A Step Closer to IBM Watson in the Law?

Are we getting closer to machines in the practice of law? In his blog post “Meet your new lawyer, IBM Watson,” Ron Friedmann describes a meeting between IBM senior management and top-tier law firm CIOs at last week’s ILTA conference. He says:

It sounds like IBM intends Legal Watson to replace junior associates or at least perform much of their work (see also The Future of LawAmerican Lawyer, Aug 2014). Legal Watson’s success depends on the answers to three questions:

  1. What information – and how much – does Watson need to ingest and, to the extent necessary, who will tune or train it?
  2. If Watson ingests enough and is tuned, will it exercise good legal judgement? That is, can it actually replace some or all of what junior associates do?
  3. If its judgement is good, what is the market strategy? That is, who will use it and why?

It was only about 3 1/2 years ago that Simon Fodden talked about Watson here on Slaw. I wonder if he had any thought about Watson having a role in the practice of law? It would have seemed so unlikely.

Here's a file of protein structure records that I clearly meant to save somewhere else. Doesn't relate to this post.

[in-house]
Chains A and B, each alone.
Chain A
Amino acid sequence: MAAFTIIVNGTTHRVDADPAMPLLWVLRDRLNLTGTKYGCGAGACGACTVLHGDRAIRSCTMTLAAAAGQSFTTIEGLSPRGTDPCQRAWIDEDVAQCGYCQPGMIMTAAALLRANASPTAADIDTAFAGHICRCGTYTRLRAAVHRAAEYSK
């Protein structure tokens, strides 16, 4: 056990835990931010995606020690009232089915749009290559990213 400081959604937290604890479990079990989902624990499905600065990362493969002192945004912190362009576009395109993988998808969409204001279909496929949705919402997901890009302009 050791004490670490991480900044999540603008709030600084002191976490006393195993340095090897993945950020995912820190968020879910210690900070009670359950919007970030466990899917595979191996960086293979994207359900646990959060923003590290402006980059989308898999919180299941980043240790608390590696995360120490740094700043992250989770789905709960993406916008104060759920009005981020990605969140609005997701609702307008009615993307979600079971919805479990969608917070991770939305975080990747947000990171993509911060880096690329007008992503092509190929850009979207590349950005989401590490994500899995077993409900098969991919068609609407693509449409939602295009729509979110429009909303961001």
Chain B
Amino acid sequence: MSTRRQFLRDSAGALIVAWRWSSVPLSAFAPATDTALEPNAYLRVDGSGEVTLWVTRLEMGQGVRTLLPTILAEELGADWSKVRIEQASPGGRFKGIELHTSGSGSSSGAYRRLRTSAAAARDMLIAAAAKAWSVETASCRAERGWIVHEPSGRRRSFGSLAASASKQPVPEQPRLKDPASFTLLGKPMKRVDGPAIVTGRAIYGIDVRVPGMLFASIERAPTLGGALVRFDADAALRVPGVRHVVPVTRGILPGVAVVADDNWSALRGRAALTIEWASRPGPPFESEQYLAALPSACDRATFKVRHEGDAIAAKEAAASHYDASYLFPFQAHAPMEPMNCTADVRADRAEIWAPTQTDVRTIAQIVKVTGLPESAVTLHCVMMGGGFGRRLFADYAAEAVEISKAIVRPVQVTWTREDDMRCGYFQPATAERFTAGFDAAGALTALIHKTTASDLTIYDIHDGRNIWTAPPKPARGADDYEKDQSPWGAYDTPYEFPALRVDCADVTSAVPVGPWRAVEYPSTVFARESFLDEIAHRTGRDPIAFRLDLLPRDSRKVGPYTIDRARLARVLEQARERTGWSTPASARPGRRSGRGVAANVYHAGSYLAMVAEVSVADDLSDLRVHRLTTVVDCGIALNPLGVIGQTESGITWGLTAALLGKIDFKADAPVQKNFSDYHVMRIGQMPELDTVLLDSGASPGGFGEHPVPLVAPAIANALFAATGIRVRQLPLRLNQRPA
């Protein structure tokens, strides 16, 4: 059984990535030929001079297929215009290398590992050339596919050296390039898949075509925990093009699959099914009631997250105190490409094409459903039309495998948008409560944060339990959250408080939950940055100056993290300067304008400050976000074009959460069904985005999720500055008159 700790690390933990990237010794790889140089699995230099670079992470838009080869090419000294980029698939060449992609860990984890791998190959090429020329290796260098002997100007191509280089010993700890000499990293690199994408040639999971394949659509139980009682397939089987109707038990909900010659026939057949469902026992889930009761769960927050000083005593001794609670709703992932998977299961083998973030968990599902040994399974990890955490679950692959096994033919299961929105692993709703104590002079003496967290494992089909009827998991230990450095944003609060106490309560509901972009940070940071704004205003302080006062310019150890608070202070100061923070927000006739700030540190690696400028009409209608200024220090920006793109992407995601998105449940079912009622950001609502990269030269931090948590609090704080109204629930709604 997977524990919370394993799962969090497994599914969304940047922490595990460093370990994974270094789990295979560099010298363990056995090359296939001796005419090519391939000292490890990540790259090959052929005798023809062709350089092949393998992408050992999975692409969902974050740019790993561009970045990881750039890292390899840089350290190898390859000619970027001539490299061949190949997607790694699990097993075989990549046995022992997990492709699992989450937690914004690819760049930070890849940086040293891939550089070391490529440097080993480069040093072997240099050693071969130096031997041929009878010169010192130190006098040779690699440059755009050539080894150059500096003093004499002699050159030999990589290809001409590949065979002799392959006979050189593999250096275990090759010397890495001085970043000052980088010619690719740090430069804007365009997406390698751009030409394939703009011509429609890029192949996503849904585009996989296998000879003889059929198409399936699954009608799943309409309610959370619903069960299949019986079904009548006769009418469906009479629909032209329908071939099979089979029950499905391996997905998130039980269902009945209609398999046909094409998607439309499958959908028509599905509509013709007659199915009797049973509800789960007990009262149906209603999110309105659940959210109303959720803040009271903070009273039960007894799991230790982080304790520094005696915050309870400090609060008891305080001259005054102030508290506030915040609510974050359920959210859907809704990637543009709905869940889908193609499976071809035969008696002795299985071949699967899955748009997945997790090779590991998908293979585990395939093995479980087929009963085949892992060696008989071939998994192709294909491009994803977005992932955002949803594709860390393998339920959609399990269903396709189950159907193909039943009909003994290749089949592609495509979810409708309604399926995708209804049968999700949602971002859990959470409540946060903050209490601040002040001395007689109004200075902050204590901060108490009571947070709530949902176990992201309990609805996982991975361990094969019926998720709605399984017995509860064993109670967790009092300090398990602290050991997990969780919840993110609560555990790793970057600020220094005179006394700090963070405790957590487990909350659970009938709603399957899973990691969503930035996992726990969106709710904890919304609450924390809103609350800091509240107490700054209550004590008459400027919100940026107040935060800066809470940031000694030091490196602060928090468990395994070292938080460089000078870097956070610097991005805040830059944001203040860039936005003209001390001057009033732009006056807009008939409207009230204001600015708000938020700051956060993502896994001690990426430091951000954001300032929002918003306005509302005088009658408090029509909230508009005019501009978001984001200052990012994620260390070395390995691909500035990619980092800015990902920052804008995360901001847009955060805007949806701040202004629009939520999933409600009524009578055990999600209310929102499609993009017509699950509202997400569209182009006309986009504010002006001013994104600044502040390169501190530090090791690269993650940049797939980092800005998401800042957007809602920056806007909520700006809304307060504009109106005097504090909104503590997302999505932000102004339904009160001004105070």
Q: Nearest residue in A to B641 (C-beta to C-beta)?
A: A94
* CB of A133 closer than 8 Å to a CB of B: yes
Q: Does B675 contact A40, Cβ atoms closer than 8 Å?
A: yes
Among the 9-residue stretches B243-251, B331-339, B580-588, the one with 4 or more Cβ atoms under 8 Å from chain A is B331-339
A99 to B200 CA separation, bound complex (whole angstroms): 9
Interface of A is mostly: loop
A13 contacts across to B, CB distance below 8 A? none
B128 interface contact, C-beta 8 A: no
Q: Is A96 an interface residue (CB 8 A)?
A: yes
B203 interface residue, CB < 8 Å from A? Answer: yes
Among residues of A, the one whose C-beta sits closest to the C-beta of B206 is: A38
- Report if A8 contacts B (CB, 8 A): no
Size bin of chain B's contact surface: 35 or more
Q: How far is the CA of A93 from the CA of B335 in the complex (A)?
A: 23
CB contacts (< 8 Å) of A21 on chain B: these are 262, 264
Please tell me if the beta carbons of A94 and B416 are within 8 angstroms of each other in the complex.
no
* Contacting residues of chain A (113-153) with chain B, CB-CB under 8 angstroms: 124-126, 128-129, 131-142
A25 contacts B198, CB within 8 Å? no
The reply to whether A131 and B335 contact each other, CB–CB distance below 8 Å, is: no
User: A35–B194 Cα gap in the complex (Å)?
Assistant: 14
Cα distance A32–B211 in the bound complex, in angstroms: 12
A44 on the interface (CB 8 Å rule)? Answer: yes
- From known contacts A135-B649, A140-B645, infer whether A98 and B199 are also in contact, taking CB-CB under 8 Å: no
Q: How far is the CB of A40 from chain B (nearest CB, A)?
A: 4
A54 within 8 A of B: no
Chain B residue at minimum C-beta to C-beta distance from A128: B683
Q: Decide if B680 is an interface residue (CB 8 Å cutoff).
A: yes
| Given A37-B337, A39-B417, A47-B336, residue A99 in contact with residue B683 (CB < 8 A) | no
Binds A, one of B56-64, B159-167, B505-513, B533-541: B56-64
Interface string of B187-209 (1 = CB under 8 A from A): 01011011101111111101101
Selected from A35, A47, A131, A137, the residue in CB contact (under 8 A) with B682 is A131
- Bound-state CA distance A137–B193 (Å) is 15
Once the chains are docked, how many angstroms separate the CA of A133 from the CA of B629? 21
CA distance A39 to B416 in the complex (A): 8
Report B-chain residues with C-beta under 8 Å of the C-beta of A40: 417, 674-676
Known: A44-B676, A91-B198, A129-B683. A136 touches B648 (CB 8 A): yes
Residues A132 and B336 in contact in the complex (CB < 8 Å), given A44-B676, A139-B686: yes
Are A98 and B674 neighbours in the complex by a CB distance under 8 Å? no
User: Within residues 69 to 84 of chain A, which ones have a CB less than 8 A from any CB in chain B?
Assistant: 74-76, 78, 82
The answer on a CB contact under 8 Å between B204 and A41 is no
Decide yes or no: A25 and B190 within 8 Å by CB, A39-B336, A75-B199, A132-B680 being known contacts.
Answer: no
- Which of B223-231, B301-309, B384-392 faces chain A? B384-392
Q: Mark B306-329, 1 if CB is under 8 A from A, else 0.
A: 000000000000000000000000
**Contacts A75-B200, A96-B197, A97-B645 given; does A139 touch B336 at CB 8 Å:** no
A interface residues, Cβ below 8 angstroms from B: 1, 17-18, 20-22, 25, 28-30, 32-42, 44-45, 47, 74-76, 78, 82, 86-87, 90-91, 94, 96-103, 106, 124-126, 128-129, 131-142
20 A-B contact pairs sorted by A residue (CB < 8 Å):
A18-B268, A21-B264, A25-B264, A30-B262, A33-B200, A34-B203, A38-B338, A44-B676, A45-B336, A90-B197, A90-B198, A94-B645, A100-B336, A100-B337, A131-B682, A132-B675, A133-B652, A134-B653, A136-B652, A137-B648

Friedmann does a good job of speculating whether this would be possible and what it would take. What do you think–how far will automation go?


  1. Watson “exercising good legal judgement” should not be confused with Watson “judging”. The latter would scare the *** out of me as it would mean we leave judgement to algorithms and that would raise the question of legitimacy of the algorithm. Apart of who’s be capable to decide on this one – we’d be simply stupid to allow it to happen as the one thing IT has proven since its existence is: SW can fail. Well, yes humans, too, but hunans are being challenged – you ever tried to challenge a wrong calculation made by a computer at e.g. a bank?

    But exercising judgement in the sense to give a limited number if options with data supporting why which option seems to be preferrable for a senior lawyer to ponder upon? Absolutely (well, if Watson delivers against its promise).